CLINTON _ Commemorating the 150th anniversary of the completion of the Transcontinental Railroad, a rare and historic steam locomotive captivated Clinton-area sightseers Tuesday afternoon.
Union Pacific's Big Boy No. 4014, one of only eight remaining in existence and the only one still operational, came to a halt at 1400 Beaver Channel Parkway in front of a crowd of hundreds lining an overpass bridge as well as the train tracks themselves. Twenty-five Big Boys, running roughly 133 feet long and weighing in at more than 1 million pounds, were built by the rail company beginning in 1941.
Now, No. 4014 is keeping the locomotive's legacy alive, one stop at a time. The steam engine that once rested in Pomona, California was transported to Cheyenne, Wyoming in 2013 to undergo restoration to keep the historic piece operational. Tuesday, as the massive engine stopped near Archer Daniels Midland and blew its iconic whistle, those in attendance soaked in the chance to see a piece of history.
"My grandkids wanted to see the train, so I was happy to come out and see it, too," Tom Siegel said. "I wasn't too sure what to expect, but this is very cool. It's so impressive to see something this huge come through."
According to Union Pacific officials, the locomotive's return to service is the product of more than two years of expansive restoration work by the Union Pacific "Steam Team." The Big Boy No. 4014 is now back out on the Union Pacific system for a tour that began July 8 and involves travels through Illinois, Iowa, Minnesota, Nebraska, Wisconsin and Wyoming. Historically, the massive engines normally operated between Ogden, Utah and Cheyenne.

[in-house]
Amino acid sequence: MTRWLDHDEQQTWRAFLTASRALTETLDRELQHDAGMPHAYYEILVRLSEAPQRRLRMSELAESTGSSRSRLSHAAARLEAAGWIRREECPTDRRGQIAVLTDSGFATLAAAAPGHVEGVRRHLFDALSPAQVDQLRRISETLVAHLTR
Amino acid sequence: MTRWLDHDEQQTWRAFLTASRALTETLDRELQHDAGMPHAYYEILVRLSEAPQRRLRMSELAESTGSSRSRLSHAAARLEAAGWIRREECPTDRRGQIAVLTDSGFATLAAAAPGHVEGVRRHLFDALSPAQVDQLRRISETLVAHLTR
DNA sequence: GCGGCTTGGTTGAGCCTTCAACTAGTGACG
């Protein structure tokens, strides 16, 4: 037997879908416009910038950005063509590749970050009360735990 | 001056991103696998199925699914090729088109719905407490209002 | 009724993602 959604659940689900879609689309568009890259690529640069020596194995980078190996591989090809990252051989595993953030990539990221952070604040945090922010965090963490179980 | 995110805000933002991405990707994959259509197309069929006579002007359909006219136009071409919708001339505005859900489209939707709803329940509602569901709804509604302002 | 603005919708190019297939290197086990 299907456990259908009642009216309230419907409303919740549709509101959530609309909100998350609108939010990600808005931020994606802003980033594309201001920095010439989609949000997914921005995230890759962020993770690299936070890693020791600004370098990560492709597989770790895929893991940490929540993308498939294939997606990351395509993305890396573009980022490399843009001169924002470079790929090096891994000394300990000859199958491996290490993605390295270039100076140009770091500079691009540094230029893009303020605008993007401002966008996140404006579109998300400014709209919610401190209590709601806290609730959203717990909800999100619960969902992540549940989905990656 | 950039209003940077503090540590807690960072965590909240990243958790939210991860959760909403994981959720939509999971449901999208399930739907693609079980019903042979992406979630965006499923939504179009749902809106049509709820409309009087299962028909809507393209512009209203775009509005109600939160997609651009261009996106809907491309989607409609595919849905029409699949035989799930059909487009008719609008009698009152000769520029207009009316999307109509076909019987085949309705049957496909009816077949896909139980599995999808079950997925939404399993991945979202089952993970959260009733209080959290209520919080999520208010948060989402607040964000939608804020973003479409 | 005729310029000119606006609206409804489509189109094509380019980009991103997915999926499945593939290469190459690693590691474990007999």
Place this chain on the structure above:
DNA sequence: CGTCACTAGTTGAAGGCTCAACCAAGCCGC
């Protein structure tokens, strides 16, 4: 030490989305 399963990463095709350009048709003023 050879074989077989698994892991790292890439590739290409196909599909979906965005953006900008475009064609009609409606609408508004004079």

The remaining seven Big Boys were donated for public display in various cities around the country while No. 4014 chugs on. Those can be found in St. Louis; Dallas; Omaha; Denver; Scranton, Pennsylvania; Green Bay, Wisconsin; and Cheyenne.
As the crowd grew and viewing space became more valuable, onlookers began to get the sense that they were witnessing something few will get to see.
"It's cool that something like this can bring so many people in the community out to see it," Michelle Lastine said Tuesday just before the train departed for its next stop in Wheatland at the Toronto Street crossing.
Able to hold 24,000 gallons of water and 56,000 pounds of coal for fuel, UP graphics show that the locomotive is as long as a standard diesel engine, a standard school bus, and a standard sedan vehicle lined up nose-to-tail. Its sheer size, along with its historical nature, were enough to bring out even the most casual of train watchers Tuesday.
"It's been a very enjoyable experience," JoAnn Siegel said. "There's just something about a little bit of history like this. It's neat that something this old is drawing the attention of the community...it's great to see people so interested in it."